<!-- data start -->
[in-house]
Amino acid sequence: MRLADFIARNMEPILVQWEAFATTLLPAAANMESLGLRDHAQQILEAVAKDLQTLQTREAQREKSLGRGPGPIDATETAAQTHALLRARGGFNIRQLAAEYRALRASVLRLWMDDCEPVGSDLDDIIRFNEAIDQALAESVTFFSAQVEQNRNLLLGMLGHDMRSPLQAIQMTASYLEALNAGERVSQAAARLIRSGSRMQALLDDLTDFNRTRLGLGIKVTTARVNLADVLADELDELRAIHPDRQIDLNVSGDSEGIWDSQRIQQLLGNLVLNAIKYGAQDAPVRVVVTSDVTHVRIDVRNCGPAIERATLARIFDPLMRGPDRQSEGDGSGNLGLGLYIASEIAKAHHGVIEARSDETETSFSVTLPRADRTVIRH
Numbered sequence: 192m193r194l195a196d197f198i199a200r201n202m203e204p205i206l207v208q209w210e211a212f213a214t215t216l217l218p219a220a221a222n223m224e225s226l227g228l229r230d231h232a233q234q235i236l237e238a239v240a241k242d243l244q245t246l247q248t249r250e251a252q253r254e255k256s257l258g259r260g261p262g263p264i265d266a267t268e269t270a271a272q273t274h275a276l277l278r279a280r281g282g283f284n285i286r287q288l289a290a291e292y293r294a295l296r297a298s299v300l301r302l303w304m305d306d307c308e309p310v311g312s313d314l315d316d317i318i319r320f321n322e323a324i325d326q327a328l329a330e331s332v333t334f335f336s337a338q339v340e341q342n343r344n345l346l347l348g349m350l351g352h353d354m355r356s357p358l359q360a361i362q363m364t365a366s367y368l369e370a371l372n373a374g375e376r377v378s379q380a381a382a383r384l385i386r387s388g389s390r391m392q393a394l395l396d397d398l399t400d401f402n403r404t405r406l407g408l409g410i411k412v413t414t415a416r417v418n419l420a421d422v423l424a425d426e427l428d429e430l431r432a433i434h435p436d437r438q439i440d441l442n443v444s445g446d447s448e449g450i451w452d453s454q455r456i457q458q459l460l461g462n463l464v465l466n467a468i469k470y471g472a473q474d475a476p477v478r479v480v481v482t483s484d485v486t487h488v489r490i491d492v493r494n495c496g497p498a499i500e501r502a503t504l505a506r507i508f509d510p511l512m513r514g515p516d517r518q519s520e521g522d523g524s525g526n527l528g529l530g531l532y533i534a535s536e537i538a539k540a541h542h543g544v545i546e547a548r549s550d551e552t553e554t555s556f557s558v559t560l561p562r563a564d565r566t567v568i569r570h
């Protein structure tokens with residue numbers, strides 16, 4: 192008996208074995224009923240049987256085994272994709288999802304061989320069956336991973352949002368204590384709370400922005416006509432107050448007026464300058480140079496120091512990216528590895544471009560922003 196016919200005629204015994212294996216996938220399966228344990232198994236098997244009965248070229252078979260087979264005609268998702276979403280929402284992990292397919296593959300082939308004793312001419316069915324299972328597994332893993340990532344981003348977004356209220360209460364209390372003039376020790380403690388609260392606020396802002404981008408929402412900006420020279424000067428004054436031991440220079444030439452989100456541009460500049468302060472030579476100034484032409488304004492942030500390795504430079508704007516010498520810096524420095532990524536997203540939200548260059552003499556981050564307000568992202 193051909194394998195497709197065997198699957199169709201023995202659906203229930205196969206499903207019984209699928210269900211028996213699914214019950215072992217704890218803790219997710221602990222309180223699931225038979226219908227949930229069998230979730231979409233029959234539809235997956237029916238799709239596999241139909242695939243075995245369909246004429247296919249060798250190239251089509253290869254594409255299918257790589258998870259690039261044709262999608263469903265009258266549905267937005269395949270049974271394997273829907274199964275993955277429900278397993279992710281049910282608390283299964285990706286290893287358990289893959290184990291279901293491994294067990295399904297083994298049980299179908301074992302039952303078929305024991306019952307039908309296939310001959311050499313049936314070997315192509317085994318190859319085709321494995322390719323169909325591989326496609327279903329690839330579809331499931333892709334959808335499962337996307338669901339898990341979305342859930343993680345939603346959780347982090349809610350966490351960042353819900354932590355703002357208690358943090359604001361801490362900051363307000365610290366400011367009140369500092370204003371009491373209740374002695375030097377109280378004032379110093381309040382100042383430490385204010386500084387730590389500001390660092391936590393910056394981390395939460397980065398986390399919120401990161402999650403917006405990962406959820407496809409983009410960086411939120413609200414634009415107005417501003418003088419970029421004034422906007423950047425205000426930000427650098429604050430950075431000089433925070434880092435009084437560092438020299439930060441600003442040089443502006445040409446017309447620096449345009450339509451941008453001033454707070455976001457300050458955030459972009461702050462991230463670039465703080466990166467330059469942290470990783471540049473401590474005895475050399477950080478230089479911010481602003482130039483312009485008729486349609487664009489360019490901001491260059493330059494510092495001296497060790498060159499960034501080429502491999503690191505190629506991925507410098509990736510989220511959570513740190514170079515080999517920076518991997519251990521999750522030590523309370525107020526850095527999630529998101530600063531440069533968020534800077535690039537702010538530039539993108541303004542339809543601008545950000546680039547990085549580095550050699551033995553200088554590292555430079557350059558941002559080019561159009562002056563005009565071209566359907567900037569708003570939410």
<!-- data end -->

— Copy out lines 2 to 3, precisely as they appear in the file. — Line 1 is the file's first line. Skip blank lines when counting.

Amino acid sequence: MRLADFIARNMEPILVQWEAFATTLLPAAANMESLGLRDHAQQILEAVAKDLQTLQTREAQREKSLGRGPGPIDATETAAQTHALLRARGGFNIRQLAAEYRALRASVLRLWMDDCEPVGSDLDDIIRFNEAIDQALAESVTFFSAQVEQNRNLLLGMLGHDMRSPLQAIQMTASYLEALNAGERVSQAAARLIRSGSRMQALLDDLTDFNRTRLGLGIKVTTARVNLADVLADELDELRAIHPDRQIDLNVSGDSEGIWDSQRIQQLLGNLVLNAIKYGAQDAPVRVVVTSDVTHVRIDVRNCGPAIERATLARIFDPLMRGPDRQSEGDGSGNLGLGLYIASEIAKAHHGVIEARSDETETSFSVTLPRADRTVIRH
Numbered sequence: 192m193r194l195a196d197f198i199a200r201n202m203e204p205i206l207v208q209w210e211a212f213a214t215t216l217l218p219a220a221a222n223m224e225s226l227g228l229r230d231h232a233q234q235i236l237e238a239v240a241k242d243l244q245t246l247q248t249r250e251a252q253r254e255k256s257l258g259r260g261p262g263p264i265d266a267t268e269t270a271a272q273t274h275a276l277l278r279a280r281g282g283f284n285i286r287q288l289a290a291e292y293r294a295l296r297a298s299v300l301r302l303w304m305d306d307c308e309p310v311g312s313d314l315d316d317i318i319r320f321n322e323a324i325d326q327a328l329a330e331s332v333t334f335f336s337a338q339v340e341q342n343r344n345l346l347l348g349m350l351g352h353d354m355r356s357p358l359q360a361i362q363m364t365a366s367y368l369e370a371l372n373a374g375e376r377v378s379q380a381a382a383r384l385i386r387s388g389s390r391m392q393a394l395l396d397d398l399t400d401f402n403r404t405r406l407g408l409g410i411k412v413t414t415a416r417v418n419l420a421d422v423l424a425d426e427l428d429e430l431r432a433i434h435p436d437r438q439i440d441l442n443v444s445g446d447s448e449g450i451w452d453s454q455r456i457q458q459l460l461g462n463l464v465l466n467a468i469k470y471g472a473q474d475a476p477v478r479v480v481v482t483s484d485v486t487h488v489r490i491d492v493r494n495c496g497p498a499i500e501r502a503t504l505a506r507i508f509d510p511l512m513r514g515p516d517r518q519s520e521g522d523g524s525g526n527l528g529l530g531l532y533i534a535s536e537i538a539k540a541h542h543g544v545i546e547a548r549s550d551e552t553e554t555s556f557s558v559t560l561p562r563a564d565r566t567v568i569r570h